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Jennifer Mathews...
Posted: Mon Mar 08, 2010 5:54 pm
 
This framework looks wonderful but before I even attempt to study it, I thought I would
ask.

Is anyone on this using or has used this framework? Any thoughts on it? What about
scalability?
 
Mr. Arnold...
Posted: Mon Mar 08, 2010 6:17 pm
 
Jennifer Mathews wrote:
Quote:
This framework looks wonderful but before I even attempt to study it, I
thought I would ask.

Is anyone on this using or has used this framework? Any thoughts on
it? What about scalability?


nHibernate the ORM solution? Yeah I have used it. In a place I
contracted at, nHibernate was too slow, and they stopped using it.

The other contract I worked using nHibernate on the back-end of a WCF
Web service, again it was too slow and a nightmare.

I started using ADO.NET Entity Framework and never looked back. Soon,
the company I work for will move to VS 2010 and 4.0 Ado.NET Entity
Framework. 4.0 has a lot of nice features I could use right now, but I
am stuck on the 3.5 version.
 
Jennifer Mathews...
Posted: Mon Mar 08, 2010 6:24 pm
 
Please. Can you explain a bit more about the "too slow" part? What kind of a load
(inserts\updates\deletes) were you using to the db?

"Mr. Arnold" <Arnold at (no spam) Arnold.com> wrote in message
news:%23gPxFWxvKHA.5036 at (no spam) TK2MSFTNGP02.phx.gbl...
Quote:
Jennifer Mathews wrote:
This framework looks wonderful but before I even attempt to study it, I thought I
would ask.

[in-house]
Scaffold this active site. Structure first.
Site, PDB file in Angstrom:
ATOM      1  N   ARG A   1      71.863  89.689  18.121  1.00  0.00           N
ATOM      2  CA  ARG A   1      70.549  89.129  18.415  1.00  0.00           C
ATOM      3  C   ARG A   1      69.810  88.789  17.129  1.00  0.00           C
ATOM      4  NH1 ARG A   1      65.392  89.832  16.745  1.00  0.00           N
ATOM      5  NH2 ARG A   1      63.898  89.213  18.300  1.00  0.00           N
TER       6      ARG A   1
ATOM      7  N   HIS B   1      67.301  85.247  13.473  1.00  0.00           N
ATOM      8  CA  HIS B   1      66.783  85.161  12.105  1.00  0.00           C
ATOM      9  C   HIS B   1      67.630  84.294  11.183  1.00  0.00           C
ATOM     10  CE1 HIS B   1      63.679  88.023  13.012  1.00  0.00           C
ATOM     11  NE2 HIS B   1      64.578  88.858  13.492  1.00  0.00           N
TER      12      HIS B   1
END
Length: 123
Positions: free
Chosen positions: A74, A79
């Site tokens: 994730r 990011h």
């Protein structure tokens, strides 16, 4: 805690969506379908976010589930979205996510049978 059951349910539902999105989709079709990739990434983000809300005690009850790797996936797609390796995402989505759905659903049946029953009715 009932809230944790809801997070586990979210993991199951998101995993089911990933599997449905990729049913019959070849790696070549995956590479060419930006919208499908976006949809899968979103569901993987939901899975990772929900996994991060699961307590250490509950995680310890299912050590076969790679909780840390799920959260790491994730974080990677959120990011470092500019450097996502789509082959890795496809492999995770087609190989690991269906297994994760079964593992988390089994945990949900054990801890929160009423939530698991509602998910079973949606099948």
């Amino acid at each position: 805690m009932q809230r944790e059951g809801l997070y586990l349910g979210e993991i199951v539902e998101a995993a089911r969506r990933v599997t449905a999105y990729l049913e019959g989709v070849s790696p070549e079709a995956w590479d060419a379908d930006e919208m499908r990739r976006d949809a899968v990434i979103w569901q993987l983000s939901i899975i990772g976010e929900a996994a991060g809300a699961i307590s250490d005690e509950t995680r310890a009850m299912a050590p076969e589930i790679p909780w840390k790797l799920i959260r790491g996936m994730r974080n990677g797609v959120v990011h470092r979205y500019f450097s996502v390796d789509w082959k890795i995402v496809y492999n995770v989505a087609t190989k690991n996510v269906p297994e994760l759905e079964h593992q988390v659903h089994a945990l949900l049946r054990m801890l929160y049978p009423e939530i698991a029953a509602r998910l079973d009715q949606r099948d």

Is anyone on this using or has used this framework? Any thoughts on it? What about
scalability?


nHibernate the ORM solution? Yeah I have used it. In a place I contracted at,
nHibernate was too slow, and they stopped using it.

The other contract I worked using nHibernate on the back-end of a WCF Web service,
again it was too slow and a nightmare.

I started using ADO.NET Entity Framework and never looked back. Soon, the company I
work for will move to VS 2010 and 4.0 Ado.NET Entity Framework. 4.0 has a lot of nice
features I could use right now, but I am stuck on the 3.5 version.

 
Mr. Arnold...
Posted: Mon Mar 08, 2010 9:20 pm
 
Jennifer Mathews wrote:
Quote:
Please. Can you explain a bit more about the "too slow" part? What
kind of a load (inserts\updates\deletes) were you using to the db?

An ORM solution being too slow is based on what type T-SQL is being put
together by the ORM to execute the query.

And what happens after the query such as what is happening as it
iterates over an IEnumerable query. Is it going back to the database on
each iteration.

Lazy loading as opposed to fast loading. A programmer must know what an
ORM in producing that software developers ignore and produce slow
solutions using ORM.

What happens if the developer starts using 'Includes' haphazardly or
Inner Joins? Does the ORM have features that can be enabled to speed-up
the query or speed-up the opening of the table views each time the ORM
opens the database based on the table views. Can views be precompiled?

That's what you need to pay attention too and not that it looks
wonderful. They all look wonderful until you start doing CRUD
operations. What is it doing when it does something?

You need to find a profiler to see what is happening.
 
Jason Keats...
Posted: Tue Mar 09, 2010 4:36 am
 
Jennifer Mathews wrote:
Quote:
This framework looks wonderful but before I even attempt to study it, I
thought I would ask.

Is anyone on this using or has used this framework? Any thoughts on it?